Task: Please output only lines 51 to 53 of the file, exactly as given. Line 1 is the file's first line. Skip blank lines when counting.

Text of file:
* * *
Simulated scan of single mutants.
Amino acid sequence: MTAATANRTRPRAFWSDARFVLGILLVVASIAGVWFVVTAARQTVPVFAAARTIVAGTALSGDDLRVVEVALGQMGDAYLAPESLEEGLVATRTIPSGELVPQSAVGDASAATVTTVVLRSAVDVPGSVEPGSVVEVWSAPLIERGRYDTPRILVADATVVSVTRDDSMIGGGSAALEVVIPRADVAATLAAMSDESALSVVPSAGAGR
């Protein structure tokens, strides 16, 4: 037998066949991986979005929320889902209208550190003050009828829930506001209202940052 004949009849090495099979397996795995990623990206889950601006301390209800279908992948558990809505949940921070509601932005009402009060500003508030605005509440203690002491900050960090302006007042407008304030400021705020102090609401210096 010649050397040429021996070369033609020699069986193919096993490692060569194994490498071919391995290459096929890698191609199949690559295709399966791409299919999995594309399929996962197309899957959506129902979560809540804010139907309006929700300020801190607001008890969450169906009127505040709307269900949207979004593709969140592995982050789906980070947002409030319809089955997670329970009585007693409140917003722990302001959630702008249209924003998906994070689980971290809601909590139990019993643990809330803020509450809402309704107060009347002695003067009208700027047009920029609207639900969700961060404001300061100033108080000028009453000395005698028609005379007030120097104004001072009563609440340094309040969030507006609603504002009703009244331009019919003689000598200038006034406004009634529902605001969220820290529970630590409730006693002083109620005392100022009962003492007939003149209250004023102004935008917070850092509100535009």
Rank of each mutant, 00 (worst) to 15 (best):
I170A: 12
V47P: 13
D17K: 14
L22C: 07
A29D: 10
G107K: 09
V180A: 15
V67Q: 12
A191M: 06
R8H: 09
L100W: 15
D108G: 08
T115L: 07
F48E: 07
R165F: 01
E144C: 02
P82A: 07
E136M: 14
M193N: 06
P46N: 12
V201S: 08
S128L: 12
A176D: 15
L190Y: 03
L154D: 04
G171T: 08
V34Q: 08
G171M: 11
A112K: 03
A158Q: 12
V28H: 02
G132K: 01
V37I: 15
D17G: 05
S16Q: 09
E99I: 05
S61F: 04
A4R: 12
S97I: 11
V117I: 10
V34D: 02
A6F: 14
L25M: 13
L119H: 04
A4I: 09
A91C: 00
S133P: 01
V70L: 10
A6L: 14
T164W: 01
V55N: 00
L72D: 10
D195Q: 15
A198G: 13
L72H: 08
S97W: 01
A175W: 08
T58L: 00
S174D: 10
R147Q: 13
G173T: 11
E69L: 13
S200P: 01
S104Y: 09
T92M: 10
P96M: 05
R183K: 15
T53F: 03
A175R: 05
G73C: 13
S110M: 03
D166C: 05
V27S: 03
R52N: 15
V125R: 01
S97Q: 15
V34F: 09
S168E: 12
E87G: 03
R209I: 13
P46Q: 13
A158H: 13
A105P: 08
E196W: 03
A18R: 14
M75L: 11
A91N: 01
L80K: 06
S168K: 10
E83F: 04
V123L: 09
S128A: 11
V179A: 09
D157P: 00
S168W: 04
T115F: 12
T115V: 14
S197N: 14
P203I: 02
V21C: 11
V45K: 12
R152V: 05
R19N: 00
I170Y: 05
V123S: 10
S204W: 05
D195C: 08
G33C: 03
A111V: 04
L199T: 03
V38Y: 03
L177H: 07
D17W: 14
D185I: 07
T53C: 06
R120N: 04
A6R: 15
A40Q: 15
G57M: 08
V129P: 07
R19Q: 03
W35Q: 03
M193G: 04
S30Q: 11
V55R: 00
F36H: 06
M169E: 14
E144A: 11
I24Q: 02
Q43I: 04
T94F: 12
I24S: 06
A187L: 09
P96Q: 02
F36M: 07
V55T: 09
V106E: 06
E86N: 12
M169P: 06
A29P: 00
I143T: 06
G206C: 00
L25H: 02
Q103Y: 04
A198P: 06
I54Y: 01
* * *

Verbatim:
S133P: 01
V70L: 10
A6L: 14